Benny Carter – Swingin’ the ’20s

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  • With a Triple Plus (A+++) shootout winning side two and a Double Plus (A++) side one, this copy took top honors in our recent shootout
  • These good sides are so much bigger and more open, with more bass and energy – the saxes and trumpets are immediate and lively
  • Mr. Earl Hines himself showed up, a man who knows this music like nobody’s business – Leroy Vinnegar and Shelly Manne round out the quartet
  • “Great musicians produce great results, and most of the LP’s tracks were done in one or two takes. The result is ‘a spontaneous, swinging record of what happened’ when Carter met Hines ‘for the first time. . . .'”

We finally built up enough copies of this great album to do a shootout, our first since 2012, which ought to tell you something about the used record market these days. This copy had most of the Tubey Magic of the originals we played, with all of the amazing clarity and freedom from distortion the later pressings are capable of reproducing — the best of both worlds.

Our Yellow Label Contemporary pressing in stereo of Benny Carter’s swingin’ jazz quartet is the very definition of a top jazz recording from the late ’50s mastered through a modern, very high quality cutting chain. There’s good extension on the top end, with TONS of what you might not expect: Tubey Magic and Richness. If that’s what you’re looking for, this copy has got it! (more…)

Heavy Vinyl – Is This the Best Sounding Sgt. Pepper?

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You might agree with some reviewers that EMI’s engineers did a pretty good job with the new Pepper. In the March 2013 issue of Stereophile Art Dudley weighed in, finding little to fault on this title but being less impressed with most of the others in the new box set. His reference disc? The MoFi UHQR! Oh, and he also has some old mono pressings and a domestic Let It Be. Now there’s a man who knows his Beatles. Fanatical? Who wouldn’t be? We’re talkin’ The Beatles for Christ’s sake.

When I read the reviews by writers such as these I often get the sense that I must’ve fallen through some sort of Audio Time Warp and landed back in 1982. How is it that our so-called experts evince so little understanding of how records are made, how variable the pressings can be, and, more importantly, how absolutely crucial it is to understand and implement rigorous protocols when attempting to carry out comparisons among pressings.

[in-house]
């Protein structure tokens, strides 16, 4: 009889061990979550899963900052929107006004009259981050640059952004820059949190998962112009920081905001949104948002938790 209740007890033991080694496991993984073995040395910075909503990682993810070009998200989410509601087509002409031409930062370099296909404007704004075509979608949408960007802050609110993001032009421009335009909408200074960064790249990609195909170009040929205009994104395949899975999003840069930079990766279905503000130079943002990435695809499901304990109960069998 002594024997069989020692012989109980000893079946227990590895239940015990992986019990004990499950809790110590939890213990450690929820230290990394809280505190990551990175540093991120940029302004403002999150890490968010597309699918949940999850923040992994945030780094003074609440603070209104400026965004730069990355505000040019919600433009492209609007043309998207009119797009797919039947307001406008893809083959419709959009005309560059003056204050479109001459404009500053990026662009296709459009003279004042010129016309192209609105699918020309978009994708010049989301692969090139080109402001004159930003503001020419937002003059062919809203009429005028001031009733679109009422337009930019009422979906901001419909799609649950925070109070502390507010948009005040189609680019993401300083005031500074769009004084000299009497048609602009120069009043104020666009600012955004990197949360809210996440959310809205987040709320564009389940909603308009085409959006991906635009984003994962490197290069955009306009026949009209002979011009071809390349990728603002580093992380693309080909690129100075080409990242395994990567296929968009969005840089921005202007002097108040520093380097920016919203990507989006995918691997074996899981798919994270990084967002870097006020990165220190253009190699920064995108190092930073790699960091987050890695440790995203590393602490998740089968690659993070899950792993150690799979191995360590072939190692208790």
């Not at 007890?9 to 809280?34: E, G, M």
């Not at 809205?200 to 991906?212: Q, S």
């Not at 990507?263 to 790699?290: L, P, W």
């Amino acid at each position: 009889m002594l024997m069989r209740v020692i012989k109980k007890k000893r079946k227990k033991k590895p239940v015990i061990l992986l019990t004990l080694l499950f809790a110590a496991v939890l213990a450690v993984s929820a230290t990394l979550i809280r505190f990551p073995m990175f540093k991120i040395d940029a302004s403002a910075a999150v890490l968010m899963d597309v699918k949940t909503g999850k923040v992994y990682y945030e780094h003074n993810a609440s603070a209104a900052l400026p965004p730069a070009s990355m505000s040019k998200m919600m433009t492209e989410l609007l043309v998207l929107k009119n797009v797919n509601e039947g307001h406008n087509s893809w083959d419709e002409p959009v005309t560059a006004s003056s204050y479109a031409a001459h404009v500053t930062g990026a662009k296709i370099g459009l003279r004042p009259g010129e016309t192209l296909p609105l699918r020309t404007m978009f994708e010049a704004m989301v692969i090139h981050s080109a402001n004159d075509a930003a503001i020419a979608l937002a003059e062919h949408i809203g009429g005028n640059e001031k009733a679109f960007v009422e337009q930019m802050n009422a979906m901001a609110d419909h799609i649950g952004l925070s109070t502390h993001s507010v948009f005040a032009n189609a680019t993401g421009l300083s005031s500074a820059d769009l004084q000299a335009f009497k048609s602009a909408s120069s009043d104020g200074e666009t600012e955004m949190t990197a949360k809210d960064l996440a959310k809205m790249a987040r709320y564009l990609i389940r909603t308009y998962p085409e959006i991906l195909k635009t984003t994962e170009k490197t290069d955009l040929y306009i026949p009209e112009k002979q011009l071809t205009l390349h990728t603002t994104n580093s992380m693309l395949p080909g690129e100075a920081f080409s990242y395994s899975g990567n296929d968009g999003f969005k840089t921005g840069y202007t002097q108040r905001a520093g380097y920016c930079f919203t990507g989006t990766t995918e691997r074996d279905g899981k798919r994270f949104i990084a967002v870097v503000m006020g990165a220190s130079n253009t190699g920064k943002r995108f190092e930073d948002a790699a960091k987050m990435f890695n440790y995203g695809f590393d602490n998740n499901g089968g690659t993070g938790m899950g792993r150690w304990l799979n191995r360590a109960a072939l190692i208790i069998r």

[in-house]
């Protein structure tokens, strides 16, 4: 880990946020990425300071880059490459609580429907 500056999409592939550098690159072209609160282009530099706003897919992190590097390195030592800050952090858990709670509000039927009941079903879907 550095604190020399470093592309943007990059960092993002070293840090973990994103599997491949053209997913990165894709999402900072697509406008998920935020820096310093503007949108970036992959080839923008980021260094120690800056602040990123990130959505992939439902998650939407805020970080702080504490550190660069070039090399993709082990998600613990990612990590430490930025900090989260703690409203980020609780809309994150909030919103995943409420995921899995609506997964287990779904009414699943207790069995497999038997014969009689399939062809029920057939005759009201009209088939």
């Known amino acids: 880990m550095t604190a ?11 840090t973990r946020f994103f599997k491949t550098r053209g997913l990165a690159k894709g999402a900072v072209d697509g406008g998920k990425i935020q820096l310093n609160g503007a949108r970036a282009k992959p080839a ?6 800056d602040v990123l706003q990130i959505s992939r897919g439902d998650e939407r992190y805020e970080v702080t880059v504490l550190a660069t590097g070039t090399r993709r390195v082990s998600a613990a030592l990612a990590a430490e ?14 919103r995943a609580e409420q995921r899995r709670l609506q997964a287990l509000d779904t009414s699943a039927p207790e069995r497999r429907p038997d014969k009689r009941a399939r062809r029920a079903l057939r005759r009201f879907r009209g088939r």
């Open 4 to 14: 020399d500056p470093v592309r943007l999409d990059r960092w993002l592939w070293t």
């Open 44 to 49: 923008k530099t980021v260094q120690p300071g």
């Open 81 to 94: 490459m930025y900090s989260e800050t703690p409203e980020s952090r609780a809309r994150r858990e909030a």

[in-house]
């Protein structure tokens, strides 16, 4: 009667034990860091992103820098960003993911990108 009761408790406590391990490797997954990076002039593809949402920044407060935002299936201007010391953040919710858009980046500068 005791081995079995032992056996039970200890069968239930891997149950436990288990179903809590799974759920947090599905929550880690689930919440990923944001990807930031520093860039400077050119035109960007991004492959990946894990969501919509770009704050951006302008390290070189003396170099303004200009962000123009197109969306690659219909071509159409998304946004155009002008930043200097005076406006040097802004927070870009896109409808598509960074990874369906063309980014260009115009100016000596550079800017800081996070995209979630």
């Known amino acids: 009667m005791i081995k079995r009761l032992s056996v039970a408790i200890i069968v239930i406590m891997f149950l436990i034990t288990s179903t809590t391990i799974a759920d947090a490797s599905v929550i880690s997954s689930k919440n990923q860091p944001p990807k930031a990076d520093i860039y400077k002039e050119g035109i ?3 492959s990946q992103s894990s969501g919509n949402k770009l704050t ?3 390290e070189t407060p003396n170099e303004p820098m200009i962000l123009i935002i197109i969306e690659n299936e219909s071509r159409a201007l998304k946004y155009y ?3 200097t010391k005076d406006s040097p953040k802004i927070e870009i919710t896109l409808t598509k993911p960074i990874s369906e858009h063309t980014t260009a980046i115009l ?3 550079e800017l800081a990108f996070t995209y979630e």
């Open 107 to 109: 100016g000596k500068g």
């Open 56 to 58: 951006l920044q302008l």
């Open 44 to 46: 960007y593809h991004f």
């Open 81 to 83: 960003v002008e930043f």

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The Yardbirds – Roger The Engineer – An Awful Original

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Sonic Grade: F

Hall of Shame pressing. Don’t buy into that record collecting / audiophile canard that the originals are always better sounding.

The original British pressing — true, we only had the one, so take it for what it’s worth — was a poor imitation of what was surely on the master tape, as revealed by the Edsel reissues. Maybe you have a good sounding one, can’t say you don’t. But we would be very unlikely to spend much money on an original import pressing after hearing this one. And the domestic records we’ve played were clearly made from dub tapes, so they’re a bust too.

 

 

Standard Coltrane – If You’re Looking for the Best Sound…

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A distinguished member of the Better Records Jazz Hall of Fame.

As you may have guessed by now, remastered is a bit of a dirty word around these parts. Most remastered records we play, from The Beatles to John Coltrane to ZZ Top, sound to us like pale imitations of the real thing, whether the real thing is an original or a reissue from back in the day.

But only a fool could fail to appreciate how correct and lively the best copies of this remastered record sound, and we’re no fools here at Better Records. We judge records by one and only one criterion: how they sound. We pay no mind to labels, record thicknesses, playback speeds, mastering speeds or anything else you can read about on audiophile websites.

We’re looking for the best sound. We don’t care where it comes from. (more…)

Count Basie – Chairman of the Board – The Reissues that Beats the Originals (and of course the Classic Records Remaster)

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  • A Shootout Winning copy with Triple Plus (A+++) sound on the first side and Double Plus (A++) sound on the second